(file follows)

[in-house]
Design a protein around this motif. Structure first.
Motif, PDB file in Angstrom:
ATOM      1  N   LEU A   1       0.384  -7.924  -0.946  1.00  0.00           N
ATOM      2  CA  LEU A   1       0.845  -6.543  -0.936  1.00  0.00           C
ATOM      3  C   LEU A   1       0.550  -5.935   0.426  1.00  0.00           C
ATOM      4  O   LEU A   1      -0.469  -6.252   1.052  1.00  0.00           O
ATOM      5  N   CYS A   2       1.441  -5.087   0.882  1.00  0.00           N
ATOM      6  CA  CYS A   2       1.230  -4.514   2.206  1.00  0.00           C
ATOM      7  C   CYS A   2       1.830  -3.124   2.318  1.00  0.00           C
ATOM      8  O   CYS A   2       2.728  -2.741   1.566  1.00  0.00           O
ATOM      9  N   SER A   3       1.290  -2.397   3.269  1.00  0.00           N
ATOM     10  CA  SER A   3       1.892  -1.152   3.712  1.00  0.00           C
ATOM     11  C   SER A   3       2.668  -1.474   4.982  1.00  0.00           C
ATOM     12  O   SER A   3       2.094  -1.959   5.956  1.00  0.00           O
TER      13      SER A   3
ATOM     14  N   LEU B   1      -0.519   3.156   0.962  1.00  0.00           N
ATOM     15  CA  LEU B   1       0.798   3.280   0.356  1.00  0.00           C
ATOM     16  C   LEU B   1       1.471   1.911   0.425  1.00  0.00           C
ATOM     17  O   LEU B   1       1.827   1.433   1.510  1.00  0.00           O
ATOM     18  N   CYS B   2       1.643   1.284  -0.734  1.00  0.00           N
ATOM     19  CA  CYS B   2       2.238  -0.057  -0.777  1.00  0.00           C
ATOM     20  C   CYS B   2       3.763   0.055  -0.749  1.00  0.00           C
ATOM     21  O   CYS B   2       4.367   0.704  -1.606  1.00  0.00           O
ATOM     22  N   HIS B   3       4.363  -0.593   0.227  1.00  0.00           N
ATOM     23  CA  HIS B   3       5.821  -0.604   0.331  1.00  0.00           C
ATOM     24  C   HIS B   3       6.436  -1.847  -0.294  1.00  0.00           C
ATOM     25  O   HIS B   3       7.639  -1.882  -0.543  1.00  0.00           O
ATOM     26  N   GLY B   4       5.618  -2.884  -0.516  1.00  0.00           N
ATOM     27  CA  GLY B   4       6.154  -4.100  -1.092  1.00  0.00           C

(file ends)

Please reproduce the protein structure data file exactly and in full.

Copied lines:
[in-house]
Design a protein around this motif. Structure first.
Motif, PDB file in Angstrom:
ATOM      1  N   LEU A   1       0.384  -7.924  -0.946  1.00  0.00           N
ATOM      2  CA  LEU A   1       0.845  -6.543  -0.936  1.00  0.00           C
ATOM      3  C   LEU A   1       0.550  -5.935   0.426  1.00  0.00           C
ATOM      4  O   LEU A   1      -0.469  -6.252   1.052  1.00  0.00           O
ATOM      5  N   CYS A   2       1.441  -5.087   0.882  1.00  0.00           N
ATOM      6  CA  CYS A   2       1.230  -4.514   2.206  1.00  0.00           C
ATOM      7  C   CYS A   2       1.830  -3.124   2.318  1.00  0.00           C
ATOM      8  O   CYS A   2       2.728  -2.741   1.566  1.00  0.00           O
ATOM      9  N   SER A   3       1.290  -2.397   3.269  1.00  0.00           N
ATOM     10  CA  SER A   3       1.892  -1.152   3.712  1.00  0.00           C
ATOM     11  C   SER A   3       2.668  -1.474   4.982  1.00  0.00           C
ATOM     12  O   SER A   3       2.094  -1.959   5.956  1.00  0.00           O
TER      13      SER A   3
ATOM     14  N   LEU B   1      -0.519   3.156   0.962  1.00  0.00           N
ATOM     15  CA  LEU B   1       0.798   3.280   0.356  1.00  0.00           C
ATOM     16  C   LEU B   1       1.471   1.911   0.425  1.00  0.00           C
ATOM     17  O   LEU B   1       1.827   1.433   1.510  1.00  0.00           O
ATOM     18  N   CYS B   2       1.643   1.284  -0.734  1.00  0.00           N
ATOM     19  CA  CYS B   2       2.238  -0.057  -0.777  1.00  0.00           C
ATOM     20  C   CYS B   2       3.763   0.055  -0.749  1.00  0.00           C
ATOM     21  O   CYS B   2       4.367   0.704  -1.606  1.00  0.00           O
ATOM     22  N   HIS B   3       4.363  -0.593   0.227  1.00  0.00           N
ATOM     23  CA  HIS B   3       5.821  -0.604   0.331  1.00  0.00           C
ATOM     24  C   HIS B   3       6.436  -1.847  -0.294  1.00  0.00           C
ATOM     25  O   HIS B   3       7.639  -1.882  -0.543  1.00  0.00           O
ATOM     26  N   GLY B   4       5.618  -2.884  -0.516  1.00  0.00           N
ATOM     27  CA  GLY B   4       6.154  -4.100  -1.092  1.00  0.00           C